Publication Detail

Gray, D., Saggers, S., Atkinson, D., Sputore, B., A. and Bourbon, D. (2000). Beating the grog: an evaluation of the Tennant Creek liquor licensing restrictions. Australian and New Zealand Journal of Public Health, 24, (1), pp. 39-44. DOI: 10.1111/j.1467-842X.2000.tb00721.x [RJ307] View web page

Objective: To identify any regional variation in per capita consumption of pure alcohol, and the types of beverages consumed in the NT; and, to estimate the relative contributions to consumption by Aboriginal and non-Aboriginal people.

Method:Estimates of per capita consumption were based on wholesale purchases of alcohol by licensee and census population data. Mean levels of per capita consumption, and the percentages of each beverage type consumed, were compared between regions and through time. Estimates of per capita levels of consumption between Aboriginal and non-Aboriginal segments of the population were based upon reports of the proportion of frequent and occasional drinkers in each group and the ratio of consumption among Aboriginal and non-Aboriginal drinkers.

Results: Mean quarterly per capita consumption was higher in both the Lower Top End (4.22 litres) and the Central NT (4.04 litres), and less in the Barkly (3.44 litres) than in the Top End (3.55 litres). Over the four year period there was a rise of 6.4 per cent in consumption in the Top End and a decline of 22.5 percent in the Barkly. In the Lower Top End and the Central NT a larger percentage of alcohol was consumed as cask wine than in the Top End. Prior to the introduction of licensing restrictions, this was also the case in the Barkly. In the NT, per capita consumption among Aboriginal people is approximately 1.97 times, and among non-Aboriginal people about 1.43 times, the national average.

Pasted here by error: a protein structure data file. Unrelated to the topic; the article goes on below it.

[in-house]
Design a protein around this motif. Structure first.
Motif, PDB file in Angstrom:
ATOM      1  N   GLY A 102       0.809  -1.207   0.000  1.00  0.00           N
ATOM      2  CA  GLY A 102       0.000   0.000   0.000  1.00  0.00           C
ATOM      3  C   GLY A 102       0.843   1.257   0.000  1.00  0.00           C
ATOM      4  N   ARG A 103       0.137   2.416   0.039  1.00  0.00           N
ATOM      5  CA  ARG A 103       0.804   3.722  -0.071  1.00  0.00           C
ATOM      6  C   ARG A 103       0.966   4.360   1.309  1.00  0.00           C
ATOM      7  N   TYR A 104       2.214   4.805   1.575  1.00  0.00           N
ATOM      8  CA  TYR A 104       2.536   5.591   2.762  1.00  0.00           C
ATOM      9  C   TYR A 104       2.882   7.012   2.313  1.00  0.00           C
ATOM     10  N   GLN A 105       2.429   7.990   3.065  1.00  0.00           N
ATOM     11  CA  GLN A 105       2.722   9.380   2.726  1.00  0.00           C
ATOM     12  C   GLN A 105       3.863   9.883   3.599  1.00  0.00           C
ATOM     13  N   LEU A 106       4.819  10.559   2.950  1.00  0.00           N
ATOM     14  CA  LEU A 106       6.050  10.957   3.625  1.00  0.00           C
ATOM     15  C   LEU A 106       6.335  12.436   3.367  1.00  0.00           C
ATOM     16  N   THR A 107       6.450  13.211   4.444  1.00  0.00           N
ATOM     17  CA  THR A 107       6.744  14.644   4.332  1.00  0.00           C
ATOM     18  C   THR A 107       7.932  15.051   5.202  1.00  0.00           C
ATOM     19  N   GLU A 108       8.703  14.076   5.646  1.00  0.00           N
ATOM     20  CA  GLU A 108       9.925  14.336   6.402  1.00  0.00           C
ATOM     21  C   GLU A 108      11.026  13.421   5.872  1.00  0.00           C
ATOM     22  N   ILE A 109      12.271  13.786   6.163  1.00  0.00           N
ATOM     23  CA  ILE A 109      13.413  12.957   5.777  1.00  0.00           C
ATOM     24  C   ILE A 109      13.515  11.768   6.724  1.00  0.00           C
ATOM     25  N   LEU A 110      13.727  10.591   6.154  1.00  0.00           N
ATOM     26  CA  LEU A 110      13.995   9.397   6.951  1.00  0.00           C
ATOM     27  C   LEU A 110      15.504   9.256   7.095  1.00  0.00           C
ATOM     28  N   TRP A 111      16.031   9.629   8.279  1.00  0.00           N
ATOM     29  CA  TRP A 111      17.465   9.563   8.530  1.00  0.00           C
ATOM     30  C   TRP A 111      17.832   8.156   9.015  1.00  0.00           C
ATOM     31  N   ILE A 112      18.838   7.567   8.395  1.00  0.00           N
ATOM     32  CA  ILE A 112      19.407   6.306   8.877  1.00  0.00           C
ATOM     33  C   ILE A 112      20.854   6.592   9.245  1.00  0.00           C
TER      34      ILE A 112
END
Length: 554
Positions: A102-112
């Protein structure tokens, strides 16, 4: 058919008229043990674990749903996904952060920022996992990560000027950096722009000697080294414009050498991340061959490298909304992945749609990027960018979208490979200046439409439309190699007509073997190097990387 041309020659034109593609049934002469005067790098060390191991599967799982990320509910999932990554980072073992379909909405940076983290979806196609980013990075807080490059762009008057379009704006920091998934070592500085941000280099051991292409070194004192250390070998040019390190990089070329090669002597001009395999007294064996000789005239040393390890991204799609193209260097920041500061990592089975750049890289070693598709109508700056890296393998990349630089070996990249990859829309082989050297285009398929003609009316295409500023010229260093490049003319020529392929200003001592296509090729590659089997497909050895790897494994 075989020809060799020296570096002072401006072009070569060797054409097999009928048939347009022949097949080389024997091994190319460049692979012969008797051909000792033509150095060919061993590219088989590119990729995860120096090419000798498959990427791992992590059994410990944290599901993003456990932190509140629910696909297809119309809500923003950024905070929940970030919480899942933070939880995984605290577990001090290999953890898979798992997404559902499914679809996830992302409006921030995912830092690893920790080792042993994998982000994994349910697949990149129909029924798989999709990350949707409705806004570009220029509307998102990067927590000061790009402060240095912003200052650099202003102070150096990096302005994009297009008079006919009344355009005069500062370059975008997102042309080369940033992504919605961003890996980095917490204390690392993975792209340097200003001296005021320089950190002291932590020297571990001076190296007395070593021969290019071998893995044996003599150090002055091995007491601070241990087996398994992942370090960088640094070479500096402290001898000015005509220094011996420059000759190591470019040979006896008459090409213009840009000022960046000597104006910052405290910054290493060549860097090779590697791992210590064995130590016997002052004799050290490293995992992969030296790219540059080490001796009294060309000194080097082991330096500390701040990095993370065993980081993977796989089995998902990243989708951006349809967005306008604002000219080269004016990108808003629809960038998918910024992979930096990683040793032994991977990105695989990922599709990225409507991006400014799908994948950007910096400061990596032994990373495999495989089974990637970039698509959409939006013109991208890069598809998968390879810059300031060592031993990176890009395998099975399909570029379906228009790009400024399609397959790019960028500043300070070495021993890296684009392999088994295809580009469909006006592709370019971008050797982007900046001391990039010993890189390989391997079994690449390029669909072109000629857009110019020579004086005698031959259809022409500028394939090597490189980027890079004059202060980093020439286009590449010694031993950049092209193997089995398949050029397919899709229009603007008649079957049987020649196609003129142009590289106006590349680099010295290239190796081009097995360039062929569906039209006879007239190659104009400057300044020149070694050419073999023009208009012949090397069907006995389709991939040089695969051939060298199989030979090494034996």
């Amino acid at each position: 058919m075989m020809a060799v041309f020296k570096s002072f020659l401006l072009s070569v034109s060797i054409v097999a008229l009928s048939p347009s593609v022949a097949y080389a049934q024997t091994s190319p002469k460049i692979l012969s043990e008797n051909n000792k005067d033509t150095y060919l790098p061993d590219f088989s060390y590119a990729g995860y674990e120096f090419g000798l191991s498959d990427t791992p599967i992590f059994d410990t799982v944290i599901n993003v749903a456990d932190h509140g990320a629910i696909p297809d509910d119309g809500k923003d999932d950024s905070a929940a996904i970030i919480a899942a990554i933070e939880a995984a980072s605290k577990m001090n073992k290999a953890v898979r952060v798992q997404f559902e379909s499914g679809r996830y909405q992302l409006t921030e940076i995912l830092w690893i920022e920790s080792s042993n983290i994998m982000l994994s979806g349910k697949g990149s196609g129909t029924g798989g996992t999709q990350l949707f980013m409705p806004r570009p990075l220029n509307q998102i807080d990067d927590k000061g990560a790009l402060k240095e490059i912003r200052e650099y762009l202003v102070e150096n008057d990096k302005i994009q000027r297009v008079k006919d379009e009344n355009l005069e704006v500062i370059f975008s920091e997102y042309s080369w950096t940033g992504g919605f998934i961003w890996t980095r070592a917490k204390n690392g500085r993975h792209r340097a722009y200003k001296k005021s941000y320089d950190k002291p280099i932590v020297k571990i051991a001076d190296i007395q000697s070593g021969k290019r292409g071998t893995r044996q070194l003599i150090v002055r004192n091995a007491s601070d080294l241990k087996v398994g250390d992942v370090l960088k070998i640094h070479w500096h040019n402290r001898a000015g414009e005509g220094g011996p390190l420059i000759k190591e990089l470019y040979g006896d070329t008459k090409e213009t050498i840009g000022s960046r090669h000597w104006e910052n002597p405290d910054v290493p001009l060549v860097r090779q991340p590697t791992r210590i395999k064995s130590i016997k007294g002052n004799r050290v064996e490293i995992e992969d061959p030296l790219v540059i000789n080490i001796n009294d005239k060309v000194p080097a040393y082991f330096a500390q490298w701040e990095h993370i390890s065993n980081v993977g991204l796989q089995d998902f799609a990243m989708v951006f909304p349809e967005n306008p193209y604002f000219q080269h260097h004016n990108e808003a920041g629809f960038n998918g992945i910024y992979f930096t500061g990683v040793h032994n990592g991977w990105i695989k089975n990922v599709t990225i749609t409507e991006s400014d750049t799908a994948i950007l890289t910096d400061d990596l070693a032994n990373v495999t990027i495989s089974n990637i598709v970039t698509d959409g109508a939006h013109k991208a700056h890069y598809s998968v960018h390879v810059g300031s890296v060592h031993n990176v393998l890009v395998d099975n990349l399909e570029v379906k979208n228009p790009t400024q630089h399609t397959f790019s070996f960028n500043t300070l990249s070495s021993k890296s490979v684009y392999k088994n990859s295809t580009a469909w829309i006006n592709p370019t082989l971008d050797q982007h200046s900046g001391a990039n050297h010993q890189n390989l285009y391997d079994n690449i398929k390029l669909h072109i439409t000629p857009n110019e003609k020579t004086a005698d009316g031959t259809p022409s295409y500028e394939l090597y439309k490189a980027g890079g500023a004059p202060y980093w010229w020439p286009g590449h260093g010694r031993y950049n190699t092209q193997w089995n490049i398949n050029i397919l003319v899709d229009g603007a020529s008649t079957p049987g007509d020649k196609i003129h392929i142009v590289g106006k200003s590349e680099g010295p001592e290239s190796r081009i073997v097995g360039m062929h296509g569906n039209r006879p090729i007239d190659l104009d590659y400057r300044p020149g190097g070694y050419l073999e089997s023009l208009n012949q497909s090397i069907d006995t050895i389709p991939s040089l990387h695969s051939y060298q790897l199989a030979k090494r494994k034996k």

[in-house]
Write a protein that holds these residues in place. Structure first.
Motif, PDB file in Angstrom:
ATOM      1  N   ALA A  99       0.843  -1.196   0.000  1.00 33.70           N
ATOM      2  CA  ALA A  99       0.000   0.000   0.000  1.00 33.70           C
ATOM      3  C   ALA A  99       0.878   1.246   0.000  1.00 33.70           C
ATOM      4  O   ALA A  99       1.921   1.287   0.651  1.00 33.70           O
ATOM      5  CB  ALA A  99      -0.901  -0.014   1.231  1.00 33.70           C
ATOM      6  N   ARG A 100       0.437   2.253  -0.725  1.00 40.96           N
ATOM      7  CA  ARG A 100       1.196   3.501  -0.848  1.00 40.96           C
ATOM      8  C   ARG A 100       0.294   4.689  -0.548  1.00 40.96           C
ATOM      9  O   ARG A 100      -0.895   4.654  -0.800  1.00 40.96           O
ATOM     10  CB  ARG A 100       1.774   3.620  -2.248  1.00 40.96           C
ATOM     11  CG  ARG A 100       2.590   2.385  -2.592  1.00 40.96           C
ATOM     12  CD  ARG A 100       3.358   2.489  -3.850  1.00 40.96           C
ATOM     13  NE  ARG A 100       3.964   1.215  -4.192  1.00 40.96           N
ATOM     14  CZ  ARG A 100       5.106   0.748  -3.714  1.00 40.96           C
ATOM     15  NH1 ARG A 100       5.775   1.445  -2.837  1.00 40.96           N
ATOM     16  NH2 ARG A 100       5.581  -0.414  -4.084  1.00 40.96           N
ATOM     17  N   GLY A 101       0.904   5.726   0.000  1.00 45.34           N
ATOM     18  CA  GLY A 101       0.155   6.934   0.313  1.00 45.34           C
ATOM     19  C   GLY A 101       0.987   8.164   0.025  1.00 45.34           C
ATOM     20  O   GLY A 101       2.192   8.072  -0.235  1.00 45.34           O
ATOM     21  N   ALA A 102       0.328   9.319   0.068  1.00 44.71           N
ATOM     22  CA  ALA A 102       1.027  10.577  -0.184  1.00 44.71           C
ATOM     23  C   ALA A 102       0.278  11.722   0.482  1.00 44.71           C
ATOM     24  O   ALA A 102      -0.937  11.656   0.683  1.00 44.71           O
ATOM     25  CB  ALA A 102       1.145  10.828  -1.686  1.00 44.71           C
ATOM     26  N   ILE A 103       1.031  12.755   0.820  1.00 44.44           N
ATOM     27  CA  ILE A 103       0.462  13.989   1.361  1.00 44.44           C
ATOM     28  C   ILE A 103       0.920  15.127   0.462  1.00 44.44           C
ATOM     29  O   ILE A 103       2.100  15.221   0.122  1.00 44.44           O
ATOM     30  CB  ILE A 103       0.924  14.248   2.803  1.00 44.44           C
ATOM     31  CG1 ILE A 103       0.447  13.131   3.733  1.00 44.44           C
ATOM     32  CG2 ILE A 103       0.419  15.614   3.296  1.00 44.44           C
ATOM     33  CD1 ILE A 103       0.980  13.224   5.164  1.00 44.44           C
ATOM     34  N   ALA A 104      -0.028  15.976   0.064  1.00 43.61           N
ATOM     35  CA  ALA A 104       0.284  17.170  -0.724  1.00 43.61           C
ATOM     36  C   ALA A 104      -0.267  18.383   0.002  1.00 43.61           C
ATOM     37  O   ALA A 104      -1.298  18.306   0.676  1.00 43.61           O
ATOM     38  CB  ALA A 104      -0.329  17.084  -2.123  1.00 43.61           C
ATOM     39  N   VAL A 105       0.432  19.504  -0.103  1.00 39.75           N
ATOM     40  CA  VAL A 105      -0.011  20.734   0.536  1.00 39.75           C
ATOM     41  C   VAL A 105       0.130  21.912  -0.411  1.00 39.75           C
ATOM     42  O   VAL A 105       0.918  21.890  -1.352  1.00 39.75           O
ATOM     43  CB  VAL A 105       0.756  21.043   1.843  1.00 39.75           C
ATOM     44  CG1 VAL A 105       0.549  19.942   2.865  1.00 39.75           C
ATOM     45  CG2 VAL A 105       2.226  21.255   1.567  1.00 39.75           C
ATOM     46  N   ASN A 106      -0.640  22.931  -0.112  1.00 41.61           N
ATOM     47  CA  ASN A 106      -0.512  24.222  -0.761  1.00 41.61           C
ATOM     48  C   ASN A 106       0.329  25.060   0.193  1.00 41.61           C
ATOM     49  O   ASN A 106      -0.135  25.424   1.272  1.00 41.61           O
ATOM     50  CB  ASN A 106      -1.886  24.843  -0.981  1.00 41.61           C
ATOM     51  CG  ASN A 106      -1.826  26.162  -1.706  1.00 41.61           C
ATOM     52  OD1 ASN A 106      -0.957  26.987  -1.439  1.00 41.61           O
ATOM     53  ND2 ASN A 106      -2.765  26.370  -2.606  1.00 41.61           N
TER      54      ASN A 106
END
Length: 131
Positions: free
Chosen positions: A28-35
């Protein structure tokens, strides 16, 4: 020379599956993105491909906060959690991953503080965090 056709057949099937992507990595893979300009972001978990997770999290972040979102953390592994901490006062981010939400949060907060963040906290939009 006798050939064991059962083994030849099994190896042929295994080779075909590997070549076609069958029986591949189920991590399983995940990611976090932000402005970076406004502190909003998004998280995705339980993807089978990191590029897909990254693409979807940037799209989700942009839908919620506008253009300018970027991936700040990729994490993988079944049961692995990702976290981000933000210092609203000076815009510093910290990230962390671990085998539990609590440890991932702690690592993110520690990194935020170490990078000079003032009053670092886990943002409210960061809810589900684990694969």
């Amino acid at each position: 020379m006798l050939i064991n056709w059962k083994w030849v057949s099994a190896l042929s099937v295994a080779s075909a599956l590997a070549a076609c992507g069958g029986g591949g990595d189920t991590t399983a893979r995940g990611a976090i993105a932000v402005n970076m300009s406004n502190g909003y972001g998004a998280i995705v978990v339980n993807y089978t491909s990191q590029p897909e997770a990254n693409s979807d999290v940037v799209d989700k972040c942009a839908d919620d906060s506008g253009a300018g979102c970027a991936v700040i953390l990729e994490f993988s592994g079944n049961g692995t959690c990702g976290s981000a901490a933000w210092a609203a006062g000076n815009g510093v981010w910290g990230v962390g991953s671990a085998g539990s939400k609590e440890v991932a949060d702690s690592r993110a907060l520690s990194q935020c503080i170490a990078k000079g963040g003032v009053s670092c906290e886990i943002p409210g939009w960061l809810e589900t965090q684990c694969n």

Conclusions: In the NT, alcohol consumption is greater than in Australia as a whole and there is significant regional variation. The problem is not simply an Aboriginal problem, and a broad range of strategies–which include a component to address regional variation–is required to reduce it.

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